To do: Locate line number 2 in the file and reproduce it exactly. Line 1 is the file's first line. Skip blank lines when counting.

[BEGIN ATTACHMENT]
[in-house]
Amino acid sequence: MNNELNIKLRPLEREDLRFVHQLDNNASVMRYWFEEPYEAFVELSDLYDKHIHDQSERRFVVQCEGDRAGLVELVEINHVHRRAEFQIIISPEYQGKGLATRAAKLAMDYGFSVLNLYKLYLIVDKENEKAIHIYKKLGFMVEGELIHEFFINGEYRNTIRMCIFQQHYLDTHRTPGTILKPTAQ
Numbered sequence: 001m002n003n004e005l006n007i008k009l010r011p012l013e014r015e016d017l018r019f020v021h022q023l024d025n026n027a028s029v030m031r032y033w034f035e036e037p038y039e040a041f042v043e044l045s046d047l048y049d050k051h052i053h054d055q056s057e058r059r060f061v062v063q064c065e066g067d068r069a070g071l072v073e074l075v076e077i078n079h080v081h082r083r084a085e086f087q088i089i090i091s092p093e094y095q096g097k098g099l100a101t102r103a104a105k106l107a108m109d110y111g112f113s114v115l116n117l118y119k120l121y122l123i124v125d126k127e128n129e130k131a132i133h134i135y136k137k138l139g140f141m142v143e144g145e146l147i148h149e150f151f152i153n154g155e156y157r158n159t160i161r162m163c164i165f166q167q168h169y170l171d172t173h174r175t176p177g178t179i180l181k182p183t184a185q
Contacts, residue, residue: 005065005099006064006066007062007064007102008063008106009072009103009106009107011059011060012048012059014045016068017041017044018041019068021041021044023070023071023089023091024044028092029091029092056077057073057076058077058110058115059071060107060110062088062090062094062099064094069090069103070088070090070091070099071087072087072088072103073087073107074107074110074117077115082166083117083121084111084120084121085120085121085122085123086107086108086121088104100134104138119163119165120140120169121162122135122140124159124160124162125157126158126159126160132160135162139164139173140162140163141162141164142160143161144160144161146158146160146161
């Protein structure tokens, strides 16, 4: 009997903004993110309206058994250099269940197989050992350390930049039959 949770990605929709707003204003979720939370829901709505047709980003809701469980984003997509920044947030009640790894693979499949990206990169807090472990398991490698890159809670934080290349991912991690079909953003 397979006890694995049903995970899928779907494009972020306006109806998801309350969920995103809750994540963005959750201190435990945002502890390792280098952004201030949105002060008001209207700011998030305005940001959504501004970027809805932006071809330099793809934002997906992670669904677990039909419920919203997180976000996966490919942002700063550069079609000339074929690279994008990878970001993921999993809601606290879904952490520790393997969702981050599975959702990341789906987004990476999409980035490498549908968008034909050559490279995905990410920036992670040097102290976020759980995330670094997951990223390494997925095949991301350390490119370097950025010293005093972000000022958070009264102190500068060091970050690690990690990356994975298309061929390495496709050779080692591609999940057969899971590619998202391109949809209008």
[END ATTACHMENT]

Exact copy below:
Amino acid sequence: MNNELNIKLRPLEREDLRFVHQLDNNASVMRYWFEEPYEAFVELSDLYDKHIHDQSERRFVVQCEGDRAGLVELVEINHVHRRAEFQIIISPEYQGKGLATRAAKLAMDYGFSVLNLYKLYLIVDKENEKAIHIYKKLGFMVEGELIHEFFINGEYRNTIRMCIFQQHYLDTHRTPGTILKPTAQ